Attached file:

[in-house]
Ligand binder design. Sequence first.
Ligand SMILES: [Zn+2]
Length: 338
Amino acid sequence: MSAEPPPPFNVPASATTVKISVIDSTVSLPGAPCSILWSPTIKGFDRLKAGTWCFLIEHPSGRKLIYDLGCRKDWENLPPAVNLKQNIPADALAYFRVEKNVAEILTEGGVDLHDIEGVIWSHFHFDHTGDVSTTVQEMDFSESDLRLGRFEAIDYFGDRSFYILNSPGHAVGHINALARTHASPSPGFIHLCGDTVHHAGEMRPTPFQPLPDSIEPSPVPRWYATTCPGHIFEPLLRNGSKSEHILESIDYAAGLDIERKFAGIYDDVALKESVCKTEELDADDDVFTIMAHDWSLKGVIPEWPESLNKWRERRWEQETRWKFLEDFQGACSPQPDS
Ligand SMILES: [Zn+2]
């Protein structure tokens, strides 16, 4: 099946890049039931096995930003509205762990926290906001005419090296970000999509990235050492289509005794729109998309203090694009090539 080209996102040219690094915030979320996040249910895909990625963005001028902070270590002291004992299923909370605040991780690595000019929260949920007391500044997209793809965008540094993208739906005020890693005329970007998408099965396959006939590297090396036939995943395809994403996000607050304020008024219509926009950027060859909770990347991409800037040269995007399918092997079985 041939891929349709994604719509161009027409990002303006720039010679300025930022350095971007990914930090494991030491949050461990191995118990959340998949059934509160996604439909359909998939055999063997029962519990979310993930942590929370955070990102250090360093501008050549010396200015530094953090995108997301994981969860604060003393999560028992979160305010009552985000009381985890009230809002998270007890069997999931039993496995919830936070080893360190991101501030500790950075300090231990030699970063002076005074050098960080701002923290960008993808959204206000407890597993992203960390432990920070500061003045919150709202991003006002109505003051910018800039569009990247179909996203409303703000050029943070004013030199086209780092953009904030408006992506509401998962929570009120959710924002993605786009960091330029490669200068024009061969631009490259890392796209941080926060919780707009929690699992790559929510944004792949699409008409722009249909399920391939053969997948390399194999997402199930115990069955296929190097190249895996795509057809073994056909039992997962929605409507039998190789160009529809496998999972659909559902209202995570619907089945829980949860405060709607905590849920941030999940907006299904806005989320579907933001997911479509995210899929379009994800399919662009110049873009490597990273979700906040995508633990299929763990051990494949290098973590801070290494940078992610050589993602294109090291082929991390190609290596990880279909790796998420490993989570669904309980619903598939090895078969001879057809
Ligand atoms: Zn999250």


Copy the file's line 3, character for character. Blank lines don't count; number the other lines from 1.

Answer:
Ligand SMILES: [Zn+2]